31 Days of Nightmares -- The Green Inferno

31 Days of Nightmares — The Green Inferno

This is a film with heavy baggage and a lot of problems. Socio-political problems, so hang onto your hat.

I want to just write a short, scathing review of this, because as a piece of entertainment, it was only ok. But there’s so much going on here that deserves discussing.

First, respect to Eli Roth for being the only mainstream director right now making exploitation films. And he’s getting them wide releases in your neighborhood cineplex. So that’s something.

Green Inferno has historical baggage because it’s so closely connected to the 1980 film Cannibal Holocaust. That movie is infamous for a number of reasons: the producers were put on trial in Italy for murder because the scenes in the film were so realistic (never change, Italian legal system, never change); the cast killed and butchered actual animals on camera (the reason I never have and never will watch this movie); and its use of handheld cameras and documentary style make it the first found-footage horror film. Green Inferno is the name of the fictional documentary that Cannibal Holocaust is about, the film within the film. And Cannibal Holocaust is open to a lot of interpretations because it tries to couch its violence and gore within a moral about civilized people being just as savage as the savage jungle people.

But Roth’s Green Inferno is actually based on a lesser known movie, Cannibal Ferox. The plot mirrors Ferox very closely — idealistic white people head into the jungle to protect natives, find natives are cannibalistic savages, one is rescued and lies about the cannibalism to protect them. There’s incredibly extreme gore and brutality galore, but the movie is actually at its best as a sort of jungle escape adventure movie. The murder scenes are gruesome, but mostly bog the movie down. There’s some bleak humor going on as well (“They’ve got the munchies!”).

But this movie could really be subtitled Eli Roth’s Wide World of Problematic Tropes. He does a lot of nasty things in this movie, and I’m not sure he’s entirely conscious of all of them.

The most obvious is of course the inherent racism in depicting a South American tribe as brutal cannibal savages. Roth has tried to deflect criticism here by saying the exploitation of the jungle and destruction of tribes by oil companies is way worse than anything a silly movie could do. I almost bought that, but the thing is, media matters. When you repeatedly depict people as inhuman monsters, it makes it easier for people to do those things, to destroy their homes and murder them. Check out some 20th century war propaganda and you’ll see this a lot.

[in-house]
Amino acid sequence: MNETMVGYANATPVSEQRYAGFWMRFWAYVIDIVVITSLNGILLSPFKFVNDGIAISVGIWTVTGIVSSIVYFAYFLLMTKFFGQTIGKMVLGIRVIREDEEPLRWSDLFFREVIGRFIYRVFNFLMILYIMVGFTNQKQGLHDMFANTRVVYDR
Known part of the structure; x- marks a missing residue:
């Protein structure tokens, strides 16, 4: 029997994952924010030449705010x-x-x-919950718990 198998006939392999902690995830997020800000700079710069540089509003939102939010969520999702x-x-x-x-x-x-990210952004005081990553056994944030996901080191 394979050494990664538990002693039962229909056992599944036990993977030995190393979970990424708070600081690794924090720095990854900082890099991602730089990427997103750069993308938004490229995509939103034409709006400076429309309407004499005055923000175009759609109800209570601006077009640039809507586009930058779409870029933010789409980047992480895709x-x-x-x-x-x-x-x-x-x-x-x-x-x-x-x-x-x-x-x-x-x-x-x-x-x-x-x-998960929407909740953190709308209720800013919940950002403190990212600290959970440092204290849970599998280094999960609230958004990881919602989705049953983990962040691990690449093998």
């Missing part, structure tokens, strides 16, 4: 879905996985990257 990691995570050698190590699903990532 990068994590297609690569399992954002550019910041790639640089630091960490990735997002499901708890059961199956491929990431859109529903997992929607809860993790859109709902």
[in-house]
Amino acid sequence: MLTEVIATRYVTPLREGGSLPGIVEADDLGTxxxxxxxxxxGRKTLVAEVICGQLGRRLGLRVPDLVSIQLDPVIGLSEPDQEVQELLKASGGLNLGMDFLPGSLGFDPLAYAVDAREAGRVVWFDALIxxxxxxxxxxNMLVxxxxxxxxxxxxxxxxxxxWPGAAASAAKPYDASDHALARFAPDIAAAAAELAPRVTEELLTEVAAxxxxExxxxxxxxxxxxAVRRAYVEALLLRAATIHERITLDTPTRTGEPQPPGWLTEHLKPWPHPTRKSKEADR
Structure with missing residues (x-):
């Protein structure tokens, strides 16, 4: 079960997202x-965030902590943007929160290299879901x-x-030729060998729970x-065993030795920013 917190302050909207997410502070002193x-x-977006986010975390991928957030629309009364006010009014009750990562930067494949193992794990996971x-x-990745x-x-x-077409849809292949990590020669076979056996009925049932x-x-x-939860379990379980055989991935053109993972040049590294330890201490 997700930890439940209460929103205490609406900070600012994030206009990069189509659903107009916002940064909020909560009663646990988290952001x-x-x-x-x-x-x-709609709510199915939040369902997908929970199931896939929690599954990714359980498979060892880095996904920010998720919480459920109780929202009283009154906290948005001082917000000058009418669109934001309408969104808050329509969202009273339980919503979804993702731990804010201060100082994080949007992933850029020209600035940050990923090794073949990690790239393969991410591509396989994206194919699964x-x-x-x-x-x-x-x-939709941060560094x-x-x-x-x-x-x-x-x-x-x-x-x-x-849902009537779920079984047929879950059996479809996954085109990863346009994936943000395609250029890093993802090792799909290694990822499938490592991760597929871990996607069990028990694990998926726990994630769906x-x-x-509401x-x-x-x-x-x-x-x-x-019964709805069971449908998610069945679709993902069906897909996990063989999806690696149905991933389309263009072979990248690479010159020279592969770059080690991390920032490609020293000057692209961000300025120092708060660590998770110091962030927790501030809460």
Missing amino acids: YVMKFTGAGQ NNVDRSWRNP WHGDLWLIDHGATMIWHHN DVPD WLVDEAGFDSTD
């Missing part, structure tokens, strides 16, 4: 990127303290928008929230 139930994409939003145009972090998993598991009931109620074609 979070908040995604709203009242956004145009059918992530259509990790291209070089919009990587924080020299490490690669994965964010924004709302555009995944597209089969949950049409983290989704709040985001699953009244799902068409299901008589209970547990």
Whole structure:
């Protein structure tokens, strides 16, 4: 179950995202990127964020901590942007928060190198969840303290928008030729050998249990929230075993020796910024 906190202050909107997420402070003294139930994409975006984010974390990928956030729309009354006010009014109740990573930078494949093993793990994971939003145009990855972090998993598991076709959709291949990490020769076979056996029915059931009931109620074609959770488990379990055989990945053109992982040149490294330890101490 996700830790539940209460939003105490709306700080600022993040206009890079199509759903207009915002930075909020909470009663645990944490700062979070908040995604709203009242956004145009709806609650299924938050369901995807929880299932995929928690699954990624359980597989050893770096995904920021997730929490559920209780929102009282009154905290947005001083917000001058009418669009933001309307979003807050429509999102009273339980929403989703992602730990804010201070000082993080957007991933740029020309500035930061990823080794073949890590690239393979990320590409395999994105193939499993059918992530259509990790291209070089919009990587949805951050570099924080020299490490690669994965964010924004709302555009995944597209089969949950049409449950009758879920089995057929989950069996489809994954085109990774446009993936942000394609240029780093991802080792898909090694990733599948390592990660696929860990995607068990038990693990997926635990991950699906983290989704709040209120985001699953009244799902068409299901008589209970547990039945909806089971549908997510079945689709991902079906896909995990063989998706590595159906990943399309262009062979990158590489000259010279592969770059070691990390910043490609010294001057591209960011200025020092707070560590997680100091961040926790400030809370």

On the other hand, every movie needs a bad guy, and that bad guy is going to be some type of person, and isn’t necessarily saying “every person of this type is also evil.” And this is a classic horror trope, the idea of being somewhere isolated an encountering an entire degenerate society that’s focused on murder and brutality. It eliminates the safety valve of going to the authorities, because there are none. It makes otherwise mundane, friendly entities (grandmothers, children) part of the horror by having them accept and take part in it. It’s the horror behind Texas Chainsaw Massacre and The Hills Have Eyes, and even that X-Files episode about the inbred family. A village of jungle cannibals is genuinely scary.

But Roth’s problems don’t stop there. This is clearly a political film, but it’s not entirely clear what its message is. Every character is reprehensible. It condemns idealistic white liberal college students, but makes those doing real work to change the world just as evil. It pits the natives against brutal oil company security forces, and obviously no one comes out as the good guys there.

There is a recent horror trope (or, I should say, recent awareness of, since it’s existed for a long time) that simply depicting the dominant culture being treated the way they usually treat the minority culture counts as horror. The alien invaders put everyone in slave camps and take away their land…hm, sounds familiar. The vampires treat everyone like property and use them as if they were just another resource…when has that ever happened in history? The students in Green Inferno encounter this “other” culture and are terrified by it (for good reason). In the jungle, however, the students are the “other,” their outsider status shown through their imprisonment, humiliation, and use as a food resource. This could have been interesting if Roth had played with the trope, focused on it and explicitly compared it to treatment of the natives, but he doesn’t, and I think this trope shows up here through the usual method — a lazy writer who doesn’t understand the implications of what he’s written. “Wouldn’t it be scary if…?” If what? If a bunch of white people were treated the way they usually treat the brown people?

Everyone suffers brutalization and violence in this movie. But the way it is focused and used is very strange. The first person killed and eaten by the natives is the only black guy. Seriously? And when the women in the group are singled out for violence, it is always sexual in nature. It’s more lazy writing — hey the college kids saw a presentation on female genital mutilation in the first act, I wonder if that will come up again?

It’s pretty bad. And in the end, watching this was more a test of endurance than anything I especially enjoyed.